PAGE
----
In the early decades of Michigan State University’s existence, fire used to be a very real and constant threat. This isn’t hard to imagine during a time when the dormitories were heated by extremely flammable materials and the students were using candles. In fact, the first building on our list to have burned to the ground was also the first student quarters, Saint’s Rest. MSU’s archaeology department has done a number of excavations on the site where the dorm used to stand, the most recent in the summer of 2009. The building burned during the winter break of 1876, which left very little for the excavators to find at the site, except that, “the building’s cellar was full of brick from the collapsed building; charred wood beams were strewn about; stoves were stacked on top of each other.”
The next unfortunate structure on our list is Wells Hall, named for Hezekiah G Wells, a previous member of the State Board of Agriculture. Although few students know about it today, the current Wells building at MSU is the third of its kind. Ironically, this hall was built in 1877 to replace the much-needed living space that the college lost when Saint’s Rest burned, but Wells itself lasted just about as long as its predecessor. The structure caught fire and was destroyed in 1905, only to be rebuilt, razed to the ground, then rebuilt once again and turned into a haven for frustrated math students.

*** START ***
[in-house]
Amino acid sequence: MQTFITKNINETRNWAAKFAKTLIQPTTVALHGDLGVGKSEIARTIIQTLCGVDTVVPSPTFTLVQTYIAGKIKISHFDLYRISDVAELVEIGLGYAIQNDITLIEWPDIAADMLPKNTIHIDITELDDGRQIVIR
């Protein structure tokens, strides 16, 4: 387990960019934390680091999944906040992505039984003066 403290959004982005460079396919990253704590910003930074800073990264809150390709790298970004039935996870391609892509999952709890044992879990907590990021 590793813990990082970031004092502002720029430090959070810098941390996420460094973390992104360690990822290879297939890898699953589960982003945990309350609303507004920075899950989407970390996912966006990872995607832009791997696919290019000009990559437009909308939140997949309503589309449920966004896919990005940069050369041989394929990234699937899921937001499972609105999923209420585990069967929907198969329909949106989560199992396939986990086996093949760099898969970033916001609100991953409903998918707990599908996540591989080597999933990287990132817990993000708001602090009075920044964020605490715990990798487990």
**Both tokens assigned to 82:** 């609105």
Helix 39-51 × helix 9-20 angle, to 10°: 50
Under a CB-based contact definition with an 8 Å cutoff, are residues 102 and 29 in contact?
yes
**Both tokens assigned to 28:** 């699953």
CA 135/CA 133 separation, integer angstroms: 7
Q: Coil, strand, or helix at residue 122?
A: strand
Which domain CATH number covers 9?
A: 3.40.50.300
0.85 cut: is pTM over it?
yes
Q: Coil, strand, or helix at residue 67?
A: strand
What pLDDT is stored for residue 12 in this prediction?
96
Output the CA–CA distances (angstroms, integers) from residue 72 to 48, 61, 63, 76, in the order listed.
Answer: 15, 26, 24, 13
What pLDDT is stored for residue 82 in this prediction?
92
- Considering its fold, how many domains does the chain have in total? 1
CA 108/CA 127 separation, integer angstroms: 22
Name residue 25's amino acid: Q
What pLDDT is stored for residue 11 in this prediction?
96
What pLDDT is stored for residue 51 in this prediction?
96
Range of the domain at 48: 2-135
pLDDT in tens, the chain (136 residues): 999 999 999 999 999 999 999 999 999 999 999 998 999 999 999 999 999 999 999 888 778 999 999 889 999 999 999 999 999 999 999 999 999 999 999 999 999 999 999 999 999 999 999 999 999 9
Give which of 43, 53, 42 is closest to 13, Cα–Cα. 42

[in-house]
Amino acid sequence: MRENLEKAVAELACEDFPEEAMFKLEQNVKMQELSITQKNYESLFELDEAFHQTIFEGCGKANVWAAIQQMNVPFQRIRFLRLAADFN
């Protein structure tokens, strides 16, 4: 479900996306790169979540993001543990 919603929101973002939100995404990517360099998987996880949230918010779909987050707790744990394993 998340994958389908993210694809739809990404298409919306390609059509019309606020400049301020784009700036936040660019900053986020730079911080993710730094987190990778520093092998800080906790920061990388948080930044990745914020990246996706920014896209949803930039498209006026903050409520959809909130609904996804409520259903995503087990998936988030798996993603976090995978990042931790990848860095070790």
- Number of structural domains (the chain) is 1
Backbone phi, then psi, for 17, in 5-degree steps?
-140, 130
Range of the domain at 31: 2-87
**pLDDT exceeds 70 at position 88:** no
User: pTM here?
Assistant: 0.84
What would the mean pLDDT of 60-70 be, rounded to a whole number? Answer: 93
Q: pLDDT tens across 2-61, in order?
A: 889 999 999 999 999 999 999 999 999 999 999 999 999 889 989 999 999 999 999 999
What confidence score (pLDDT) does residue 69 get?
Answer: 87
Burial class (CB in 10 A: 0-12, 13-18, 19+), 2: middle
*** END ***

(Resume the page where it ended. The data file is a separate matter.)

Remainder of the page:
MSU’s Engineering department owes its existence in part to the fact that their facility, the aptly named original Engineering Building, was destroyed by fire in 1916 (which also took out part of the new Wells Hall roof). The building and curriculum were running by 1885, but from the start MSU’s department caused controversy throughout the state. A large portion of Michiganians felt that MSU did not need extensive engineering facilities due to the fact that the University of Michigan had a history of teaching engineering, and MSU was a primarily agricultural school. It is due to this belief that, when the structure burned, many
people around Michigan thought it spelled the end of MSU’s engineering dreams. This couldn’t be further from the truth, however; the very next day President Kedzie and the Dean of Engineering, Bissell, arranged for classes to be continued and held elsewhere. Kedzie also approached R.E. Olds and received an incredibly generous donation of 100,000 dollars to rebuild the facility—and this is the 1910s we’re talking about here, multiply that number by 10 to get today’s equivalent. Fire, the new Engineering Building, and the professors’ proactive measures solidified the curriculum’s continuing existence at MSU.